May 20, 2013
American Pacific coast on alert over Japan tsunami
After a massive Tsunami hit Japan, warnings have been extended to a long list of countries over the possibility of a similar disastrous experience. Among the countries at risk are Chile, Ecuador, Mexico, and the United States (with focus on Hawaii).
Ecuador took extreme precautions after President Rafael Correa declared a state of emergency across the Andean nation on national television and urged residents to move inland.
The area at risk includes the Galapagos Islands -- a popular tourist destination known for its wildlife, including endangered species, that inspired British naturalist Charles Darwin's evolution theory in the 19th century.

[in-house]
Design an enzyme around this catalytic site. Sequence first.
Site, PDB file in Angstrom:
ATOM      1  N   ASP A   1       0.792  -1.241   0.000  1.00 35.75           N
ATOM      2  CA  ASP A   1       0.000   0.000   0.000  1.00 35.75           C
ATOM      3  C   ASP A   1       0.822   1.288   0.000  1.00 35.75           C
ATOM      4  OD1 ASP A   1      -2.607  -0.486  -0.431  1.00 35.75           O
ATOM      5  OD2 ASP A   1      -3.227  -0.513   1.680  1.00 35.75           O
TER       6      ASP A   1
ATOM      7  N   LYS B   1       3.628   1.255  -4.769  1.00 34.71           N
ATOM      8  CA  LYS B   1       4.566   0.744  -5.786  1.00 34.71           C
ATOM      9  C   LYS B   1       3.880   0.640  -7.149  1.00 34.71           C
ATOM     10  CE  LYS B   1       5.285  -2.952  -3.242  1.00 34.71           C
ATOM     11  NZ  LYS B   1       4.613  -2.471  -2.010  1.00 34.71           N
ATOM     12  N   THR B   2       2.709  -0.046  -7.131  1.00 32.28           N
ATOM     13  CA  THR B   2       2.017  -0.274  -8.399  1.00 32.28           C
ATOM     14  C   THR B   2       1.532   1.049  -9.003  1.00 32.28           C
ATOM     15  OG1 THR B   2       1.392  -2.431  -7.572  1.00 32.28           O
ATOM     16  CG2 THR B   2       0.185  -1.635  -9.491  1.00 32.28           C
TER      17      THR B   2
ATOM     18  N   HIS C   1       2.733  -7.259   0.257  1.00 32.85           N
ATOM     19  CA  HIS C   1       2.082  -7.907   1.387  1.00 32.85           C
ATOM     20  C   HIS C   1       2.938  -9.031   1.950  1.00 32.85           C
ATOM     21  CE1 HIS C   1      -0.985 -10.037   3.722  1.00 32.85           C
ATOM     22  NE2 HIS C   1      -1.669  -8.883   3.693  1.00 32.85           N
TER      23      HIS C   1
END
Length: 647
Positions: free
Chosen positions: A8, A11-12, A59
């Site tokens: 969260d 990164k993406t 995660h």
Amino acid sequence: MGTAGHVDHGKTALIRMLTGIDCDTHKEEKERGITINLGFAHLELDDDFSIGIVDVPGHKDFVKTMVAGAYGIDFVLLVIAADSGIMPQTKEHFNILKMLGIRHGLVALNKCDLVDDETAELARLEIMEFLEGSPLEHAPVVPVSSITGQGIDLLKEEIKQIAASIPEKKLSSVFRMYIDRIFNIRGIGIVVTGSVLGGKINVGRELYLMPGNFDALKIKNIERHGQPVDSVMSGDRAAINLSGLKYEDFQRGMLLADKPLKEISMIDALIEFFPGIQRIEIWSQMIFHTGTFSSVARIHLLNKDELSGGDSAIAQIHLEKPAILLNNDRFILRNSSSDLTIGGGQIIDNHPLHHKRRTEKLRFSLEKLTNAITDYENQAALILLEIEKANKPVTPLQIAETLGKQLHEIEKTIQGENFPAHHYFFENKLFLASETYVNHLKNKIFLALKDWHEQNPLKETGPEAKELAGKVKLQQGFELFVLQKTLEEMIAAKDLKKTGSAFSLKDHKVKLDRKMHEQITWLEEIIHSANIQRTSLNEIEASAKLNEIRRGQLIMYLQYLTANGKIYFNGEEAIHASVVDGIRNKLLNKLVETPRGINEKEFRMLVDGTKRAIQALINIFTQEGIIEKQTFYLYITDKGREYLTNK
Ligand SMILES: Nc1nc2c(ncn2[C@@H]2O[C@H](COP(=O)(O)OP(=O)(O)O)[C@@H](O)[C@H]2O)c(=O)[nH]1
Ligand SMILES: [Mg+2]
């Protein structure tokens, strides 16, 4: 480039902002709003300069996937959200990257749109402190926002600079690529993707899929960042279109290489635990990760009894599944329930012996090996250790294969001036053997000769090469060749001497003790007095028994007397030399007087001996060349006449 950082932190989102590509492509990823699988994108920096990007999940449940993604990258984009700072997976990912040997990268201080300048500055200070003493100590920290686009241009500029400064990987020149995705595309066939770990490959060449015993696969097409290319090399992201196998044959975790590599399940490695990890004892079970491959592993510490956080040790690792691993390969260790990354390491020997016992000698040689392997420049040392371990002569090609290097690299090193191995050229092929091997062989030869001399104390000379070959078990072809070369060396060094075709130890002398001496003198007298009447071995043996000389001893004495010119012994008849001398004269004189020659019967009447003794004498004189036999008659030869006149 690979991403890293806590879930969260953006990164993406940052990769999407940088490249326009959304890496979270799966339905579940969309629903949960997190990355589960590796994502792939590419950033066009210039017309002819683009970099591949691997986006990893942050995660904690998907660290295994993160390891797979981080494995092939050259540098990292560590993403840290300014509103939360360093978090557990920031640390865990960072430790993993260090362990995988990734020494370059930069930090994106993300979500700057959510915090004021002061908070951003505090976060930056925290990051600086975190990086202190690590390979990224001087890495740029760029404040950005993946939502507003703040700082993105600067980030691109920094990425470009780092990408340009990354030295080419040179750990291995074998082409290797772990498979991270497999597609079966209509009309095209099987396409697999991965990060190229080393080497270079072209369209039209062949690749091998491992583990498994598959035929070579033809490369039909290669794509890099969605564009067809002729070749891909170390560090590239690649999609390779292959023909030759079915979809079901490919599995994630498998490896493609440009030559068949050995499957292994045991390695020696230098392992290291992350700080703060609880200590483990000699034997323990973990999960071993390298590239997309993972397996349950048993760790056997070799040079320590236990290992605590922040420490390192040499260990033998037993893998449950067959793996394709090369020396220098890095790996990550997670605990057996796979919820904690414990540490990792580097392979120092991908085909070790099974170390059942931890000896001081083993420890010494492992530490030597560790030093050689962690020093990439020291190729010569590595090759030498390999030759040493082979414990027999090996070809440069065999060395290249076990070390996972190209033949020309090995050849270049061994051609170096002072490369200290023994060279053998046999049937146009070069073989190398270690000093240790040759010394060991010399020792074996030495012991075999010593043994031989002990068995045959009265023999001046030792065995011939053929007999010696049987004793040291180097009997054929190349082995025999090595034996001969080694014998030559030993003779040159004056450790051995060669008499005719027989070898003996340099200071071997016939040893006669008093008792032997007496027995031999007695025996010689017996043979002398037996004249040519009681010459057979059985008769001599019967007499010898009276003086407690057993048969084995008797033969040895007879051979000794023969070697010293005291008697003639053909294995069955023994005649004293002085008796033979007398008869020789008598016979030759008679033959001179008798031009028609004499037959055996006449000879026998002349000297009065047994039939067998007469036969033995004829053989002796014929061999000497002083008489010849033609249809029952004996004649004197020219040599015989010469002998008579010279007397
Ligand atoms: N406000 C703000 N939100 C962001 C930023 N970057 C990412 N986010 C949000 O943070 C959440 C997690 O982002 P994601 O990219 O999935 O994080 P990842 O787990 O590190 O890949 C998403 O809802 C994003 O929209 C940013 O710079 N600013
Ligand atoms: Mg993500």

State oil company Petroecuador halted product shipments.
On Easter Island, a Chilean territory in the South Pacific, authorities planned to move residents to higher ground, in preparation for a possible tsunami in the afternoon.
Peruvian officials said they were waiting until late afternoon to decide if they would order evacuations from low-lying coastal areas such as the port city of Callao.
Many ports along Mexico's western coast were closed, including Los Cabos and Salina Cruz in southern Oaxaca, the only oil-exporting terminal on the country's Pacific side.
Mexican officials said high waves had hit the northwestern Pacific coast but there were no reports of damage.
Authorities in the Canadian province of British Columbia advised residents to evacuate marinas, beaches and other low-lying areas, but officials there said the waves were minimal.
Honduras was another one of the countries that declared an official alert after the tsunami, sources confirmed, along with Perú.